It would be vain to claim that the directorial context held no implications for the vocal performances, but the singers almost all emerged with considerable credit, the sole disappointment being a woolly Masetto from Matthew Rose. Erwin Schrott’s Giovanni was beautifully sung and as well acted as one had any right to expect, yet even the darkness of his tone at its best sounded less dangerous than it had when he took the role in the same production in 2007. He could be readily forgiven for simply having had enough, though he would doubtless have been delighted by the support of Anna Netrebko from the audience. Alex Esposito is a fine Leporello, as he managed to show even in the aforementioned Berlin staging, but here too often he was forced to play the clown: a wasted opportunity, though he nevertheless managed to shine in the Catalogue Aria. Carmela Remigio proved an intelligent Donna Anna: no mean feat in context. What she achieved vocally, with fine command of line and ever-welcome ease in her native tongue, fully vindicated the faith placed in her by no less a conductor than Claudio Abbado. Ruxandra Donose actually seemed more at ease than she had in Berlin; again she did vocally what she could. Kate Lindsey was a spirited Zerlina, if perhaps sometimes too saucy for Mozartian style (though one could hardly blame her for attempting something, indeed anything, to alleviate the directorial tedium). Bar an unfortunate and highly-exposed scooping up to the note in ‘Il mio tesoro’ – the much- and justly-maligned ‘traditional’ conflation of Vienna and Prague was employed – Pavol Breslik made an attractive-toned Don Ottavio. Reinhard Hagen, despite a truly absurd tempo forced upon him, managed to make the Commendatore’s words during the Stone Guest scene at least count for something.

To begin with, I wondered whether the well-nigh uniformly negative criticism – from the first of the two casts – of Constantinos Carydis’s conducting had been unfair. The Overture was far too fast, in both sections; indeed, there was no discernible change of tempo between them. But thereafter for a while there was greater variation than I had been led to expect. If hardly Colin Davis or Daniel Barenboim, let alone Busch, Giulini, or Furtwängler, I had heard considerably worse. There was even some sensitively shaped handling of orchestral recitative, something not to be taken entirely for granted in an age with a dearth of Mozart conductors. But early relative promise dissipated, the end of the first act finale falling flatter than I have ever heard. It was not a matter of the climax running away with itself, as one might expect; there simply was no climax. The music stopped, and that was the end of that. What one might politely call eccentrically fast tempi became, if not quite the norm, than depressingly frequent in the second act, yet the effect was not hyperactive but inert. The appearance of the Stone Guest was somehow – and not just on account of the production – utterly inconsequential, Mozart’s chords skated over as if they were nothing, or worse than nothing: something out of Philip Glass, perhaps. The epilogue was as ruinously hard-driven as any Mozart performance I have encountered. Carydis’s singers and even some in the audience deserved far, far better.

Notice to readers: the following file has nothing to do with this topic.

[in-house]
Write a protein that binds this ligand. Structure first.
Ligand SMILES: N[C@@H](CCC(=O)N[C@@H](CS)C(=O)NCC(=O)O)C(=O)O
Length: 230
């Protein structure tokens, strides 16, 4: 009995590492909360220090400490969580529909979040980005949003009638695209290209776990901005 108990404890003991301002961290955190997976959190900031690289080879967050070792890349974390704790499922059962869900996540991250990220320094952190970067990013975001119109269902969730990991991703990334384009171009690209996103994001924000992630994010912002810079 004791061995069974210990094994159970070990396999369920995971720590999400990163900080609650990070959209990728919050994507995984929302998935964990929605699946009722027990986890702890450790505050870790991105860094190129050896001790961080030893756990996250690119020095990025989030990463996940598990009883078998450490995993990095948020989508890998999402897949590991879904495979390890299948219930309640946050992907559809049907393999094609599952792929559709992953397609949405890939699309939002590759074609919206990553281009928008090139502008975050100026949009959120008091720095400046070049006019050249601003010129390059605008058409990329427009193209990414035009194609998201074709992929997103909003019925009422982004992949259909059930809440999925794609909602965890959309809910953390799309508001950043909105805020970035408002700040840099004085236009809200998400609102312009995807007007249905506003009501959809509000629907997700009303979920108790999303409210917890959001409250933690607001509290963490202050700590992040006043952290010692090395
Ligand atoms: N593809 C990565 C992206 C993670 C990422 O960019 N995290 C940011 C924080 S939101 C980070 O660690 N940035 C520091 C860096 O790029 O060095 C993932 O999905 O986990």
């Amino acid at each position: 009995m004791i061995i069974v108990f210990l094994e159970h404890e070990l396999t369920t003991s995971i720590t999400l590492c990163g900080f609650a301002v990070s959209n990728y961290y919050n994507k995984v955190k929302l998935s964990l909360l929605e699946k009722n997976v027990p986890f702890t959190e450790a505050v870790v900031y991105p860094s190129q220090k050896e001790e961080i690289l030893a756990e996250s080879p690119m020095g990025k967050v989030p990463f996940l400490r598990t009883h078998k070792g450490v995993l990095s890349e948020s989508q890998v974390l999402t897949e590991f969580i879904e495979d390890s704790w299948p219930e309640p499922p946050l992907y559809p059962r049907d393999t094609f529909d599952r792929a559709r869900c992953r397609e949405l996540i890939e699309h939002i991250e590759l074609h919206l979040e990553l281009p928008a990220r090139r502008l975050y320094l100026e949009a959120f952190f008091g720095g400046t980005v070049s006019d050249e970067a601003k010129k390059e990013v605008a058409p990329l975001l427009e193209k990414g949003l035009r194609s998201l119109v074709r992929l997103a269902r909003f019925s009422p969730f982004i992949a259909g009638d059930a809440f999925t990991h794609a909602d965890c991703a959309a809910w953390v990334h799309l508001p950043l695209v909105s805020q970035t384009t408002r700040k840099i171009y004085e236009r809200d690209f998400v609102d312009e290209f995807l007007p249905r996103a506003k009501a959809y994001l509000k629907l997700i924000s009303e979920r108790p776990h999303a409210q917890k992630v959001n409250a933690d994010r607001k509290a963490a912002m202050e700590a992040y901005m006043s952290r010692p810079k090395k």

Mark Berry